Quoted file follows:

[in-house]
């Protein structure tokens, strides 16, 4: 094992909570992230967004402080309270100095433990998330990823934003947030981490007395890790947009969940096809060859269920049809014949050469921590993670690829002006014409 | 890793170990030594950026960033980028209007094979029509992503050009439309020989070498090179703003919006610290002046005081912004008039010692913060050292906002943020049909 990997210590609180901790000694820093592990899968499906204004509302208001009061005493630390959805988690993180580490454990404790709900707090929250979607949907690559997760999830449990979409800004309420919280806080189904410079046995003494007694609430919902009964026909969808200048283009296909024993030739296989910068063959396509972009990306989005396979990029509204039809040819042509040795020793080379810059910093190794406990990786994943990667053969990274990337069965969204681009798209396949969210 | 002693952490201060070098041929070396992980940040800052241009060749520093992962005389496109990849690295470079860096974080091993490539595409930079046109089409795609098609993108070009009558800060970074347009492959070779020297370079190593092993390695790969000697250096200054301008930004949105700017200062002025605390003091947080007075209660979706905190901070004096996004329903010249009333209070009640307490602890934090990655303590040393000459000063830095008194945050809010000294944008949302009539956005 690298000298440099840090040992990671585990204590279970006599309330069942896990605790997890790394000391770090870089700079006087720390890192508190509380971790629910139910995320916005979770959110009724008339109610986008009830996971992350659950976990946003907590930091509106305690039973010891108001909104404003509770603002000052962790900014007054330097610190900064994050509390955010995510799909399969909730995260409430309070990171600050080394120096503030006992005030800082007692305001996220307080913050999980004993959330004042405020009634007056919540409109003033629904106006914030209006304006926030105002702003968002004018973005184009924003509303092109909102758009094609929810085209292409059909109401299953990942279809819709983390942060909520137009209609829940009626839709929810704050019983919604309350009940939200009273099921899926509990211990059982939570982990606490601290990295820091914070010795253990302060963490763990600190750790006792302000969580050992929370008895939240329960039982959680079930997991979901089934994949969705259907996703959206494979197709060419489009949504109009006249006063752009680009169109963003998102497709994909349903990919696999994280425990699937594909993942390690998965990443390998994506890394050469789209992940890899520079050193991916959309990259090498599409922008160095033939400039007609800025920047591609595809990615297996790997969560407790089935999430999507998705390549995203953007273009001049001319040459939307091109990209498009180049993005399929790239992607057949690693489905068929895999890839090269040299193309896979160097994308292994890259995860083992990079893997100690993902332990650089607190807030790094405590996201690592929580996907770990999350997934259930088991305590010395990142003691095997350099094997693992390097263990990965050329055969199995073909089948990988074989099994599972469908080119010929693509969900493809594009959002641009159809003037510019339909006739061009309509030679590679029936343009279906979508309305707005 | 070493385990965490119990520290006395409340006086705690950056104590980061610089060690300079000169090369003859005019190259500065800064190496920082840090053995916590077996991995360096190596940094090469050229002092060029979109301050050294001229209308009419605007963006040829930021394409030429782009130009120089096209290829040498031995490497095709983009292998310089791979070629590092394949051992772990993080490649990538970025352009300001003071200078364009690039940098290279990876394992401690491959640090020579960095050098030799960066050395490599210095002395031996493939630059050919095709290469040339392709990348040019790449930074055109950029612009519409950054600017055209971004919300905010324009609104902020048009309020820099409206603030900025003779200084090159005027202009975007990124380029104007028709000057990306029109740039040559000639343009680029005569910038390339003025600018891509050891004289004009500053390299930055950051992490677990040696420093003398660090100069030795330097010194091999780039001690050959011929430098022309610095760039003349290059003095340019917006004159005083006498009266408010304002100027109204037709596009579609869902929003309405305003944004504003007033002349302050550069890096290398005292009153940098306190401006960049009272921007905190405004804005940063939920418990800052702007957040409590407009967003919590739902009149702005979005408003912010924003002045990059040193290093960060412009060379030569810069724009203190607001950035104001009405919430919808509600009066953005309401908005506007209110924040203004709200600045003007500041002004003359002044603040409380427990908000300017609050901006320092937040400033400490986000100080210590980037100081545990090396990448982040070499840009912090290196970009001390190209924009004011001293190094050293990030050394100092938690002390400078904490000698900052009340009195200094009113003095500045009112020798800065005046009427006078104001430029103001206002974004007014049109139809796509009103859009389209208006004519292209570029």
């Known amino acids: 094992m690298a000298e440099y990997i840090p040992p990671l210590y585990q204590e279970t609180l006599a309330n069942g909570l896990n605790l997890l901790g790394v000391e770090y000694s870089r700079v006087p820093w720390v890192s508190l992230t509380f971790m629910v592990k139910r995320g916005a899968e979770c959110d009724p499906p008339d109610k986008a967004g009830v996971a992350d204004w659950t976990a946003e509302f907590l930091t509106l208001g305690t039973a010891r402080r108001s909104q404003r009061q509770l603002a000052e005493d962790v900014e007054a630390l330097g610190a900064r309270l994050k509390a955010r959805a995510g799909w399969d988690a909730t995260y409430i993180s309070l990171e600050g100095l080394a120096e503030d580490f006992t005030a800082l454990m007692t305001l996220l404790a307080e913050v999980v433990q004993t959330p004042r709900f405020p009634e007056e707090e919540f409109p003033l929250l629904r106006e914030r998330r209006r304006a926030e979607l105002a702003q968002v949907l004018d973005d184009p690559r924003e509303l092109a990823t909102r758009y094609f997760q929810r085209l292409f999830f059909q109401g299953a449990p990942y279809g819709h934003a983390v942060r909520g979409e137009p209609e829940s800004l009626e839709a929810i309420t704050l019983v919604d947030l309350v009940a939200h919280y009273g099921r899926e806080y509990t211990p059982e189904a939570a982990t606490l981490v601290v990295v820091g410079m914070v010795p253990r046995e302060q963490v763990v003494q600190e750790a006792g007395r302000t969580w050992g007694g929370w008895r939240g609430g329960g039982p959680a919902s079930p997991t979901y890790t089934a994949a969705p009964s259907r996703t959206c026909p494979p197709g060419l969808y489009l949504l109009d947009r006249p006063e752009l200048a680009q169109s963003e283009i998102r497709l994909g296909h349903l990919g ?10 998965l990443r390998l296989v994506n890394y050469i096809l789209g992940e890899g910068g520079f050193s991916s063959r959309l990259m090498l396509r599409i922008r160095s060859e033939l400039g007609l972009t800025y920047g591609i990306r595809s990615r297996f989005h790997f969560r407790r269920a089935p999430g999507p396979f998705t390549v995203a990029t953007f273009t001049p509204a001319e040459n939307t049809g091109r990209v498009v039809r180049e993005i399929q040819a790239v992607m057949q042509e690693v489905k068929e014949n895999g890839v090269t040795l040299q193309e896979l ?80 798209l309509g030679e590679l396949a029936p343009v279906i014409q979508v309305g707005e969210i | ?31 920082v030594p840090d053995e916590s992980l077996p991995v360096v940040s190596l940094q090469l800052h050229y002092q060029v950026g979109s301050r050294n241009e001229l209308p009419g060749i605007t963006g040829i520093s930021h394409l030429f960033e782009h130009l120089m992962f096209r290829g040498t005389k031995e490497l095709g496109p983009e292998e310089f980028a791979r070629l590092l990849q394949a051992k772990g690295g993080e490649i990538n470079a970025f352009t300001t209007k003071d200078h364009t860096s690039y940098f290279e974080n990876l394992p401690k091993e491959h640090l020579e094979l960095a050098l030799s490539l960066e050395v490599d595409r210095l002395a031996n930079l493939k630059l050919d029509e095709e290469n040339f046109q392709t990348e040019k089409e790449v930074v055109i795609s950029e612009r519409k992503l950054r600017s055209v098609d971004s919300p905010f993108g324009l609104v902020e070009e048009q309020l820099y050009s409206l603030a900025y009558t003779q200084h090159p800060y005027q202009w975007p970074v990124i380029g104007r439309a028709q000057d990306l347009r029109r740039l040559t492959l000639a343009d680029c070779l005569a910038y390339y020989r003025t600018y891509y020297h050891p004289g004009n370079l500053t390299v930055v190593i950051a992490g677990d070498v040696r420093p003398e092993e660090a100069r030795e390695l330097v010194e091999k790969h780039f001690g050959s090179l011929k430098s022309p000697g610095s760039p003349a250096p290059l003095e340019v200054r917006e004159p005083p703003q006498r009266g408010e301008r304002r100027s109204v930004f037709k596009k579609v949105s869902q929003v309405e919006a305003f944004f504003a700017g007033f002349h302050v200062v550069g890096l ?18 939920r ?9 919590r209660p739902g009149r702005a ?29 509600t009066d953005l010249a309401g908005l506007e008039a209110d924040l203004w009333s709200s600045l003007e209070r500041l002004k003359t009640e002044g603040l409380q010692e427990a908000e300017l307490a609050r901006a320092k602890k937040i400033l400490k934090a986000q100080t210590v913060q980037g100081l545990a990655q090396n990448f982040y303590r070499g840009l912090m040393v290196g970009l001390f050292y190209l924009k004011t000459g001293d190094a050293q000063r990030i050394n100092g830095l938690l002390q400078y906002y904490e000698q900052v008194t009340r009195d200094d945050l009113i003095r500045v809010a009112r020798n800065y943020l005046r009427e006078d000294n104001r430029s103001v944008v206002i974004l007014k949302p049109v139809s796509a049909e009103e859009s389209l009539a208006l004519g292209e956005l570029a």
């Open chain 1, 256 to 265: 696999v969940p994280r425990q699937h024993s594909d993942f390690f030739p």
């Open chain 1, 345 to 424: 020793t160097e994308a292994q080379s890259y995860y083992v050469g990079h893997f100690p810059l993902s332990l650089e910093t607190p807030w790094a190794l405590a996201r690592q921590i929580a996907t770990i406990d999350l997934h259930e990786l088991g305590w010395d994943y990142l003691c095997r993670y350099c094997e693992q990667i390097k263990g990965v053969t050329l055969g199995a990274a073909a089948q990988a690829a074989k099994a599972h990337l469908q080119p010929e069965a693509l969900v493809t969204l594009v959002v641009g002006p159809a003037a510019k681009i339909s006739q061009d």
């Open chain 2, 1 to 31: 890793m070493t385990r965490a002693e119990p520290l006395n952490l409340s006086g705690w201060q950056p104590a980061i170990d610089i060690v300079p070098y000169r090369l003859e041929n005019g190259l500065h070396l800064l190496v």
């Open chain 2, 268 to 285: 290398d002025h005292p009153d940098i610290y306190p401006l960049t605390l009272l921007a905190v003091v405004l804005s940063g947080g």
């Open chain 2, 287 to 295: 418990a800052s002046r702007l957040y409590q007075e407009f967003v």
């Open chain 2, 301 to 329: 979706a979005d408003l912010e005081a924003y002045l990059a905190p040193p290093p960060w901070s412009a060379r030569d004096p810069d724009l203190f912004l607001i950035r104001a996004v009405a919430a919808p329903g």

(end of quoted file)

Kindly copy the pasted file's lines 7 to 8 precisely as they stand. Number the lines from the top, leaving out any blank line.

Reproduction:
């Open chain 2, 268 to 285: 290398d002025h005292p009153d940098i610290y306190p401006l960049t605390l009272l921007a905190v003091v405004l804005s940063g947080g």
């Open chain 2, 287 to 295: 418990a800052s002046r702007l957040y409590q007075e407009f967003v």